When Nancy Turner of This Old Horse (TOH), a sanctuary in Minnesota for aged horses, heard Nash’s appeal, she wanted to help by taking two of the horses.

Blind stallion standing peacefully.
Murtagh is one of the blind stallions. He has a quiet, peaceful presence. Most of the ear tip loss found among the stallions was caused by frostbite when they were living in the harsh winter conditions of South Dakota. Photo by Shelley Paulson

“My heart started aching,” Turner recalls. “I knew there was nothing I could do—I couldn’t take 900.” Then she started thinking. She told Nash she would take two older mares.

“It’s going to be the older ones. The arthritic ones. The ones that aren’t able to be retrained.”

“What about blind ones?” asked Nash. “How about stallions? How about seven?”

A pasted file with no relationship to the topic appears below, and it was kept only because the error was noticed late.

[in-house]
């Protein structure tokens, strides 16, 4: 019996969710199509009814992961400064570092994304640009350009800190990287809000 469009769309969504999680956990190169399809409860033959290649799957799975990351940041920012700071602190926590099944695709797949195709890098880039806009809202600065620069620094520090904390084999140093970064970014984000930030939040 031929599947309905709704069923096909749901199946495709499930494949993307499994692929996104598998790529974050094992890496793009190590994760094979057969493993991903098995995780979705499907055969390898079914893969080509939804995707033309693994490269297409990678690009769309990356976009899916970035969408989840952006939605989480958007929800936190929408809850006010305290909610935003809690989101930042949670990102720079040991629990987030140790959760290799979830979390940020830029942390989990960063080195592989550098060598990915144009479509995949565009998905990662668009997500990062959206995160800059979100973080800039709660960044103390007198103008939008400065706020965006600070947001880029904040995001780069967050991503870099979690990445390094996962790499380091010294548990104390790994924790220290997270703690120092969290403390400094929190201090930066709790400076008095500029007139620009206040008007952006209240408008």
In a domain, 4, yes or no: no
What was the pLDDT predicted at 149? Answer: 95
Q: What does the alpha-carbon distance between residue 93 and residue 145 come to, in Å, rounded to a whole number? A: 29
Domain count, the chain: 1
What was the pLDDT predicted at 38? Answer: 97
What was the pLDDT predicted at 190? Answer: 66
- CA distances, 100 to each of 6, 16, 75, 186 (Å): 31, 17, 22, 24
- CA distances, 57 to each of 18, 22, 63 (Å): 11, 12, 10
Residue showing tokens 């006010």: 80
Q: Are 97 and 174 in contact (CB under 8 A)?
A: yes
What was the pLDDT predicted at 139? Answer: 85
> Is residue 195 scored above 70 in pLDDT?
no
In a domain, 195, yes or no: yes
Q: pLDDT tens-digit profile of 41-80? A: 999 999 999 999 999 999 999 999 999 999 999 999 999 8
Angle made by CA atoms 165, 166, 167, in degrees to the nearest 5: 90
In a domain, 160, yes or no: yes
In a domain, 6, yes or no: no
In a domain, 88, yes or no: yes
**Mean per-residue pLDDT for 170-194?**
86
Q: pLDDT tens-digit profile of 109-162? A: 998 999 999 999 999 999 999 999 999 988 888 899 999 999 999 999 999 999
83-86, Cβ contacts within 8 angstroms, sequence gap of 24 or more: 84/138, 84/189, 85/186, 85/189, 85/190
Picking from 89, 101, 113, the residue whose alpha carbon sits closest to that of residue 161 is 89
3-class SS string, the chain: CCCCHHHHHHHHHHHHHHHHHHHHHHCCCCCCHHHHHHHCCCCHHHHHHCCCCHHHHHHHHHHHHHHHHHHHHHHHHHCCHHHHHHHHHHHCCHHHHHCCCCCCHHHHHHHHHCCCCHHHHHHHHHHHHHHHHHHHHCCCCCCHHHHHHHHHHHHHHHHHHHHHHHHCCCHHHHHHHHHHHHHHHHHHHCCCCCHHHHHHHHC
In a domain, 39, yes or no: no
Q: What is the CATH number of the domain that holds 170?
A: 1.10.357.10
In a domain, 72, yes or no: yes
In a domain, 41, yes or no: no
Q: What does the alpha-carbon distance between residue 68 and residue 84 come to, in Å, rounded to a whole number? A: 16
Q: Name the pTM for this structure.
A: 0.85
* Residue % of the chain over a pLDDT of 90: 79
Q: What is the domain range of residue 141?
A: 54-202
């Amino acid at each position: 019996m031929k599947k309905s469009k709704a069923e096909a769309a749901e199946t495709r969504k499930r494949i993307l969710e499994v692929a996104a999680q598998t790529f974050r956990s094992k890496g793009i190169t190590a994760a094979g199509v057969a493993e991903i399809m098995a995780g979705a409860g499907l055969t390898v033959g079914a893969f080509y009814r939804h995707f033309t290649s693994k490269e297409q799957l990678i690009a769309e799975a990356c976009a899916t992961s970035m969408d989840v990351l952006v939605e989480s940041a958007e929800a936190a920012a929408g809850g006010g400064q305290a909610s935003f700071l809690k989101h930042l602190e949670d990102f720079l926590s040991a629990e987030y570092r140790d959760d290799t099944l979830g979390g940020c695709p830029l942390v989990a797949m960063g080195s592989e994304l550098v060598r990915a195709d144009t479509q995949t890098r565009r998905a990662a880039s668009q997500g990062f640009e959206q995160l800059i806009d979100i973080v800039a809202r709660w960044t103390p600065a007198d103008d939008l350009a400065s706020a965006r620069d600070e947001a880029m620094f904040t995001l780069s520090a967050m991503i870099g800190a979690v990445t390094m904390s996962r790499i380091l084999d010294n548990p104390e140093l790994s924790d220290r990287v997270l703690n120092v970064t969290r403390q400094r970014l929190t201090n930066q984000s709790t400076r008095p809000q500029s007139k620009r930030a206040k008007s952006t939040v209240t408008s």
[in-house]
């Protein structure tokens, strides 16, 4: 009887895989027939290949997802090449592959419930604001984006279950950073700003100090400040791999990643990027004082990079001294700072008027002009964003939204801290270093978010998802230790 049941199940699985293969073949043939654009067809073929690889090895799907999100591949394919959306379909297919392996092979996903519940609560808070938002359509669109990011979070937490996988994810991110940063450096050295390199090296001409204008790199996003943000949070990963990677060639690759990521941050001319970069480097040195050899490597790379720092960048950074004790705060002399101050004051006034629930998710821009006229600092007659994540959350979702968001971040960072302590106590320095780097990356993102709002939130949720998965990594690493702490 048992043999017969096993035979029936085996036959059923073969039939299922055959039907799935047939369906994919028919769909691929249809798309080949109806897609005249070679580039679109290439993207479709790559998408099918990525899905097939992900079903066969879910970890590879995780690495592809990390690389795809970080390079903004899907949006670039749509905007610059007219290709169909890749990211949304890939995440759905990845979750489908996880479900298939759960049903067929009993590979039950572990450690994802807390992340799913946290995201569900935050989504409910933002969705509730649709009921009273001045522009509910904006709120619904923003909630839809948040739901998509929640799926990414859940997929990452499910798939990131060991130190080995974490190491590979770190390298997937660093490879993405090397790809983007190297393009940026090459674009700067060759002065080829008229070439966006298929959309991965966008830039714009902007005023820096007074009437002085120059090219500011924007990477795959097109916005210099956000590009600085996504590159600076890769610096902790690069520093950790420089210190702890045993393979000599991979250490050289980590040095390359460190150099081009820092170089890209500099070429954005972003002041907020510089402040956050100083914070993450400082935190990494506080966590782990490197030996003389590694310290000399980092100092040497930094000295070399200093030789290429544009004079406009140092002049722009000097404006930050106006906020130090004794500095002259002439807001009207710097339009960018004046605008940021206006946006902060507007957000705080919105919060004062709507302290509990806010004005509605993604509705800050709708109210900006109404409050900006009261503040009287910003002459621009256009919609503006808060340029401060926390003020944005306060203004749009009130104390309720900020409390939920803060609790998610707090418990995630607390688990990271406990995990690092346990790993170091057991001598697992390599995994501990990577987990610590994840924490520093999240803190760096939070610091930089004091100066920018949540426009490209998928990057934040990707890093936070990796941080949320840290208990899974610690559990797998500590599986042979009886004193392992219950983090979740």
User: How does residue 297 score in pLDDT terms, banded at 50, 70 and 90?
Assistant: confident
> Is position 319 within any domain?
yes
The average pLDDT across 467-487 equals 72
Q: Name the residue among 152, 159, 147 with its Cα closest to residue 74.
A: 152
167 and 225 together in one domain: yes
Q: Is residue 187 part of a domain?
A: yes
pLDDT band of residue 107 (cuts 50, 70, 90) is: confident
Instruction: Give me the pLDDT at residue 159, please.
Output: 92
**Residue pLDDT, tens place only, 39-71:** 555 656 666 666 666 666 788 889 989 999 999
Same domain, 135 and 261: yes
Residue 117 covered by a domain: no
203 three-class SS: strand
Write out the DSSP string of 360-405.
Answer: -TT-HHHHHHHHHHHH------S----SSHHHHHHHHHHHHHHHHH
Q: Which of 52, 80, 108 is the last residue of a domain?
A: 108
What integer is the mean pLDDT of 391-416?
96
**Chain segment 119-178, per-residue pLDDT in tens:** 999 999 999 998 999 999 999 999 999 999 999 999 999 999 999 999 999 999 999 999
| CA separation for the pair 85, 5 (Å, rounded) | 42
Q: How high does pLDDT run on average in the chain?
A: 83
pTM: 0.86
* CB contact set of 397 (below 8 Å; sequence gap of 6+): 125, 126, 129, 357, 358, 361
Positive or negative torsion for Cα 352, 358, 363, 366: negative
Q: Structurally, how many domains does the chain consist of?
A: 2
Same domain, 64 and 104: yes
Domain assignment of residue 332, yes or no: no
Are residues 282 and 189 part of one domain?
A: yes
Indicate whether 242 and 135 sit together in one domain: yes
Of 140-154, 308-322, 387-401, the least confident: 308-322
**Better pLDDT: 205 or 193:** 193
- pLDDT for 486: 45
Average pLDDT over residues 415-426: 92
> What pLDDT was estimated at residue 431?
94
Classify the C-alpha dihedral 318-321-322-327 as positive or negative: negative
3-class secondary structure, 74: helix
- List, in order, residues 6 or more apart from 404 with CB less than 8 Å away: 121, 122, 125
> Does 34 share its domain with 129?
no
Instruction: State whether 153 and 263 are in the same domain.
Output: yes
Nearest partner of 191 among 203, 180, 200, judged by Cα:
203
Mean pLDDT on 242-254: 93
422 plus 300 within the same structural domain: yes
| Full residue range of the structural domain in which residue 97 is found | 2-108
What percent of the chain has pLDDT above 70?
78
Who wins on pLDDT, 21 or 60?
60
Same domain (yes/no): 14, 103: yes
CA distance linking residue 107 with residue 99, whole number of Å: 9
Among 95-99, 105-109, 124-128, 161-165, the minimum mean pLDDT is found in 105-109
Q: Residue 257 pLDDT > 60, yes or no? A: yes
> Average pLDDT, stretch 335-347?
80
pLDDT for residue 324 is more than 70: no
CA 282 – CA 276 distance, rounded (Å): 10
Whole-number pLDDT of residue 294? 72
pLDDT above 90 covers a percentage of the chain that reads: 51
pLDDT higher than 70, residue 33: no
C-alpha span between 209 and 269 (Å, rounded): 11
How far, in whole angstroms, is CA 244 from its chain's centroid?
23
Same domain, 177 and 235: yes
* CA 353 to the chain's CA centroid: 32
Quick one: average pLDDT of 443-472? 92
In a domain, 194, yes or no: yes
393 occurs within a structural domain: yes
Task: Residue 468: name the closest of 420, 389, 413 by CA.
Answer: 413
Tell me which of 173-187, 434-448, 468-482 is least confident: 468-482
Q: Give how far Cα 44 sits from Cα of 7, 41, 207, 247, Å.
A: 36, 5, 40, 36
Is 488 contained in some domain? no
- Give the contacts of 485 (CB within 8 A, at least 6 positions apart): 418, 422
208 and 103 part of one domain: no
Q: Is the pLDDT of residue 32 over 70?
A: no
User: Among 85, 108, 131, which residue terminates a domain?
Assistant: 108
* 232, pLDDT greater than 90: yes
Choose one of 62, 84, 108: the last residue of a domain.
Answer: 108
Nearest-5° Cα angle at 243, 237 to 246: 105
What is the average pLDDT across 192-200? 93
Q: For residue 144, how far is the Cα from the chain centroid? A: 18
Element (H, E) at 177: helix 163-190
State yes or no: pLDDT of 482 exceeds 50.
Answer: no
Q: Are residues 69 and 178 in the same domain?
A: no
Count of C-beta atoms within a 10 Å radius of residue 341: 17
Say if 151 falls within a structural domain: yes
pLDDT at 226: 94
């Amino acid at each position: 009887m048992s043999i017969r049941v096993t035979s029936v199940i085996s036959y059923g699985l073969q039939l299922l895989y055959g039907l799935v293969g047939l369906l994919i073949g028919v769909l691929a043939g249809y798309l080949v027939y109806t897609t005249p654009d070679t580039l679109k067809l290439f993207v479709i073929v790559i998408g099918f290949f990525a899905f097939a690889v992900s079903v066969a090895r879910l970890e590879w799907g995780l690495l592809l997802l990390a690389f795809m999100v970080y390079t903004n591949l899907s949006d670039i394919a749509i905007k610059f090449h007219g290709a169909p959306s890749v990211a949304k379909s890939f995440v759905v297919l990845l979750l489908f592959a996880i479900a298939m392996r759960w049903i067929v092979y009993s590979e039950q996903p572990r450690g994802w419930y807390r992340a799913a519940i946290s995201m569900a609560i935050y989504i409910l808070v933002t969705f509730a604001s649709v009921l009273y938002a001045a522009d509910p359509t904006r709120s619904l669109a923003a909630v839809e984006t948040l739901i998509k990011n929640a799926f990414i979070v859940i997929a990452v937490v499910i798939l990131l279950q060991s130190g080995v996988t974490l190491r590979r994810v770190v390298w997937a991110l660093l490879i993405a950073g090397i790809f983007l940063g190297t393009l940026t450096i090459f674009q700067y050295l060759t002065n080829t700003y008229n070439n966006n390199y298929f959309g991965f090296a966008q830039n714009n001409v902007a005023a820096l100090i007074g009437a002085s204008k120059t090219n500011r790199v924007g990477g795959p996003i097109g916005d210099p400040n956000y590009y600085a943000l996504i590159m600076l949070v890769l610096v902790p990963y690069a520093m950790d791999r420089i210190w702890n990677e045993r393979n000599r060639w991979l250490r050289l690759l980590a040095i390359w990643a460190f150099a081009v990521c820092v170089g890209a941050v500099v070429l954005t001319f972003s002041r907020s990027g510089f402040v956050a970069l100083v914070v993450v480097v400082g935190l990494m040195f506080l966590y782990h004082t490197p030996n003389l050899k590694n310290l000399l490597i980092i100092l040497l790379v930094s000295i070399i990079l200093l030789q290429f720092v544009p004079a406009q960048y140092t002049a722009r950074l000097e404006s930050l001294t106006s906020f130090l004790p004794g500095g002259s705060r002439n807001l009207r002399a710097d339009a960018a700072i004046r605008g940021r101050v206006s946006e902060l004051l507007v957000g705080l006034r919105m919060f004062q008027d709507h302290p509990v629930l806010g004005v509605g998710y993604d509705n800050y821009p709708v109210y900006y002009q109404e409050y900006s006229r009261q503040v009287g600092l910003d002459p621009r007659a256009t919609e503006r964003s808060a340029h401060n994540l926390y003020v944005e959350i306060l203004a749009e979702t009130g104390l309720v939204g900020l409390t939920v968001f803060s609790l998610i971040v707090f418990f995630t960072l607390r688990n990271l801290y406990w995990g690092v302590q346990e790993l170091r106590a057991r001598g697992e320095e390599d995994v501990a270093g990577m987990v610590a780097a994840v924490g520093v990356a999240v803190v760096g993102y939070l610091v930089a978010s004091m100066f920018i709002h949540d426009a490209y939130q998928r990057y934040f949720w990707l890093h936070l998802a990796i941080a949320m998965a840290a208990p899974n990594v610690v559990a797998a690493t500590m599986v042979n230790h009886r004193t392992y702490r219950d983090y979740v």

Turner was never one to back down from helping horses in need.

“Seven wild, blind stallions? OK!”

Turner recounts the day seven horses arrived at This Old Horse in Minnesota.

“When they got here, these wild stallions were going insane in the trailer. I thought, ‘We’re going to have to put them down. We don’t know what we’re doing. This is never going to work.’” She felt like she had made a huge mistake.

Hallelujah horse mustang stallions playing in paddocks.
These stallions were a rare breed of Mustang known as “Gila.” Their breeding is a combination of draft horse, Standardbred, Thoroughbred, and Morgan. Photo by Shelley Paulson

But once the hallelujah horse mustangs were off the trailer and reunited, they calmed down. Turner turned to her friend and TOH volunteer Jeanne Klein and said, “I think we did the right thing.”

“What makes you think you had anything to do with this?” Klein replied. “They found their way to where they needed to be.”

Little did Turner know how much these words would ring true in the months to come.

The Last 20 Stallions

Nash eventually raised enough money to pay off the state of South Dakota and had rehomed 887 of the 907 horses. The Hallelujah Horse Mission became the biggest horse rehoming operation in U.S. history.

Stallion, a Hallelujah horse mustang, standing in rays of sunlight.
Captain shows the scars of a lifetime of stallion battles. Photo by Shelley Paulson